2009 Archives: SEJ Speaks on FOI Issues

October 27, 2009
SEJ Calls for End to Interview-Control at FDA

SEJ and other journalism groups, led by the Association of Health Care Journalists and the Society of Professional Journalists, have called on FDA's Transparency Task Force to help end interview restrictions as "practices that restrict the flow of information to the public." Resultant problems include negligence in notifying schools of tainted lunch foods and not revealing the harmful or fatal side-effects of the drugs it approves.


September 21, 2009
SEJ Joins Amicus Brief on Dangerously Expanded FOIA Exemption

The Society of Environmental Journalists and several other media organizations joined the case of a Puget Sound resident denied information, under the "law enforcement" exemption to FOIA, that would identify the locations and potential blast ranges of explosive ordnance stored in the area.

The case is important because information denied under this exemption could include pipeline safety inspection data, environmental impacts of Liquefied Natural Gas terminals, maps showing consequences of dam failure, proposed powerline corridors, or the routing of railcars carrying toxics that could wipe out most of a city.


July 24, 2009
SEJ, Groups Urge High Court To Toss Curb on Speech in Wildlife Case

The Society of Environmental Journalists, along with twelve other journalism groups, joined the Reporters Committee for Freedom of the Press in filing a friend-of-the-court brief in the case known as U.S. v. Stevens. The groups challenge the constitutionality of a 1999 federal law (18 USC 48) making it a felony to create, sell or possess “a depiction of animal cruelty with the intention of placing that depiction in interstate or foreign commerce for commercial gain.”

The law was aimed at discouraging the production of pornographic "crush videos," which depict the deliberate killing of animals. But sloppy legal draftsmanship resulted in a law that could put journalists and publishers in jail for doing investigative exposés of inhumane conditions at slaughterhouses, documentaries on bass fishing, or human interest stories on circus parades.


April 10, 2009
SEJ urges Environment Canada for Openness — again

The Society of Environmental Journalists and other groups have renewed calls on Environment Canada to change its press policy restricting news-media access to Canadian environmental scientists.

The groups, including National Association of Science Writers, Canadian Science Writers' Association, Professional Writers Association of Canada, Association of Health Care Journalists, National Federation of Press Women, and Canadian Journalists for Free Expression, said the policy "shows a lack of commitment to government transparency and obstructs the public's access to information."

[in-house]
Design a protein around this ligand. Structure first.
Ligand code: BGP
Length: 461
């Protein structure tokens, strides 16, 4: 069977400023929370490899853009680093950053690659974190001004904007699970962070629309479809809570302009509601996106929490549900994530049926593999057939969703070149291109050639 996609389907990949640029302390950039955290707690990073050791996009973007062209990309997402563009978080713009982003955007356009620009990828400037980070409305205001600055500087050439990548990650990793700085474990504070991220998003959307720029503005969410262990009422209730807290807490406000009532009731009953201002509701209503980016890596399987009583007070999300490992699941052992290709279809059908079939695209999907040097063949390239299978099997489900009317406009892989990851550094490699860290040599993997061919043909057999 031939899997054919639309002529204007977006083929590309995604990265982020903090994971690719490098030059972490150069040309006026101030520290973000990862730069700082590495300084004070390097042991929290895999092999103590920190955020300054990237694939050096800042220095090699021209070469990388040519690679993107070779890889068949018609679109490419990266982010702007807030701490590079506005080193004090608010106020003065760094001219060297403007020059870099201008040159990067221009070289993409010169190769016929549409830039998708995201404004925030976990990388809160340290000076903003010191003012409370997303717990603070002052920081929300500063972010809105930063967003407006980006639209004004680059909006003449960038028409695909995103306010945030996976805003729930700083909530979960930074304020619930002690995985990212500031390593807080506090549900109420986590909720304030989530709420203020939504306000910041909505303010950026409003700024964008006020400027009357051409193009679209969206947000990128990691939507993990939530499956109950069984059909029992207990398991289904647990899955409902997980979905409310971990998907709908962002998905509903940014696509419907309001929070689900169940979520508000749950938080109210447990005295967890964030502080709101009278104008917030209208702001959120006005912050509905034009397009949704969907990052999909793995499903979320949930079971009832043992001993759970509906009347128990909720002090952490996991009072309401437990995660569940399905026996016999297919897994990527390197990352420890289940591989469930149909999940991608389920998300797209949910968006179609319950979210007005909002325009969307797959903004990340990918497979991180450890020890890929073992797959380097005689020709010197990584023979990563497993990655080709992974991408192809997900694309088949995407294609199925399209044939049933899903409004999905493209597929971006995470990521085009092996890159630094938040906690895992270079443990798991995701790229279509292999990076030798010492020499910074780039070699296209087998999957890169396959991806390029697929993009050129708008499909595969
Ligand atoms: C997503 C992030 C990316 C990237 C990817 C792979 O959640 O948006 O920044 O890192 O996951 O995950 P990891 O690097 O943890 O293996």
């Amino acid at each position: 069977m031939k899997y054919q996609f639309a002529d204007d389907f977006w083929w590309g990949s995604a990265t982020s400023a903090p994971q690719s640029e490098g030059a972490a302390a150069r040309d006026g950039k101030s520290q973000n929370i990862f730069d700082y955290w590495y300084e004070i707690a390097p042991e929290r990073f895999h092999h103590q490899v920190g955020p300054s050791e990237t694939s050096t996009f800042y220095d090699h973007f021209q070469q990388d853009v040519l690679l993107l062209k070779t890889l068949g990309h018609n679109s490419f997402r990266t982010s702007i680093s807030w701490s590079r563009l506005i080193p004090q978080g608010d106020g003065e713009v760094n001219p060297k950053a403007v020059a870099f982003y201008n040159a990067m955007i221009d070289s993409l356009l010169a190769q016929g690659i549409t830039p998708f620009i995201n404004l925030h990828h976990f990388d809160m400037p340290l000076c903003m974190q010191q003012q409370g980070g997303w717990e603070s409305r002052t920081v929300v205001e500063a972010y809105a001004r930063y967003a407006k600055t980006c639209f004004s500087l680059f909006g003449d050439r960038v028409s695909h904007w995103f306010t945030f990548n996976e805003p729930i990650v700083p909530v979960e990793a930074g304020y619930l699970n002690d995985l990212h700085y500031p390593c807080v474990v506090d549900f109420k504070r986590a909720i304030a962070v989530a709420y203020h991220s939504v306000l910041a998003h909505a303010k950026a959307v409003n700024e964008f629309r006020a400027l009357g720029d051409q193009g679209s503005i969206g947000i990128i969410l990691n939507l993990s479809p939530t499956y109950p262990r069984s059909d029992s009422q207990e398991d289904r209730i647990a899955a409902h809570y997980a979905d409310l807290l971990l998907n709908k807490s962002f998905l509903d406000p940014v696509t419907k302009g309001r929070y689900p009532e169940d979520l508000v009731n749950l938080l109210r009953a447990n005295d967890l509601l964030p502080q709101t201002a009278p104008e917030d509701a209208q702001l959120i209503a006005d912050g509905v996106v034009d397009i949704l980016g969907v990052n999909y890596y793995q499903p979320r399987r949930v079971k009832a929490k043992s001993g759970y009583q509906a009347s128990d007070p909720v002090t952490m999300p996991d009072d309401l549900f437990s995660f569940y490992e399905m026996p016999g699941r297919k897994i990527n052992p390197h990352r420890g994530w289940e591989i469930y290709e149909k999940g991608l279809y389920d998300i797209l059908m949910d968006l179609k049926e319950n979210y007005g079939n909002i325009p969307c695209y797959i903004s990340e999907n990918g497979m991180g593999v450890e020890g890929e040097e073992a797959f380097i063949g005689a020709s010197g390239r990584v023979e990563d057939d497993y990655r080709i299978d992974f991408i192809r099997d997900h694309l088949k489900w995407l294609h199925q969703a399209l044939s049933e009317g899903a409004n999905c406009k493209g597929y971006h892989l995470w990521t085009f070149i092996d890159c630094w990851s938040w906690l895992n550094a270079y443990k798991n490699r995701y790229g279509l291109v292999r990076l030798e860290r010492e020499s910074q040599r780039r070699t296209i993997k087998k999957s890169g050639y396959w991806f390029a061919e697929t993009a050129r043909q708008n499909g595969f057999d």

February 26, 2009
SEJ opposes "The Fair Copyright in Research Works Act"

SEJ joined other national and international science journalism organizations in urging the House Judiciary Committee to reject H.R. 801, "The Fair Copyright in Research Works Act."In the letter, SEJ asked DOE to withdraw the proposed amendments and, if not, to delay its final decision until the Obama administration assumes office on January 20, 2009 — only 11 days after the close of the comment period.

The letter, sent to Chair John Conyers, Jr. (D-MI) and Lamar Smith (R-TX), Ranking Republican, said "...we find it unacceptable that H.R. 801 would prohibit American taxpayers from accessing the results of crucial biomedical and other research funded by their taxpayer dollars. This bill could severely affect the media's important role in providing independent coverage of scientific research and its results to the American public."


 

January 7, 2009
SEJ opposes DOE's proposed FOIA amendments 

SEJ submitted comments on two U.S. Department of Energy proposed FOIA rule changes — elimination of a "balancing test" and doubling the per-page copying rate imposed on some FOIA requesters. Both amendments would result in less disclosure of information to which SEJ members and the public are entitled, contrary to the Congressional intent underlying the FOIA.

In the letter, SEJ asked DOE to withdraw the proposed amendments and, if not, to delay its final decision until the Obama administration assumes office on January 20, 2009 — only 11 days after the close of the comment period.


 

January 2, 2009
SEJ urges public, timely EPA results of TN coal-ash-release testing

SEJ wrote the U.S. Environmental Protection Agency's Region 4 Administrator requesting "complete and immediate transparency" of test results related to the December 22, 2008, coal-ash pond impoundment breach in east Tennessee. EPA's first results weren't released until 11 days following the massive spill, which spread over more than 300 acres and into a tributary of the Tennessee River. Meanwhile, independent water testing found alarmingly high arsenic levels.

The letter noted: "We've been down this road before. Journalists covering Hurricane Katrina in 2005 and air quality issues after the September 11, 2001 terror attacks were frustrated by the EPA's slow response to requests for information. A September 2005 SEJ report — "A Flawed Tool: Environmental Reporters' Experiences with the Freedom of Information Act" — noted that EPA's failure to be forthcoming about environmental monitoring was only the latest in a long line of problems journalists were encountering using FOIA."

EPA responded to SEJ February 12, 2009, agreeing that it is "in the public's best interest to have EPA provide quality analytical data as expeditiously as possible." The letter then summarized EPA's activities at the TVA Kingston Fossil Fuel Fly Ash Release Site.

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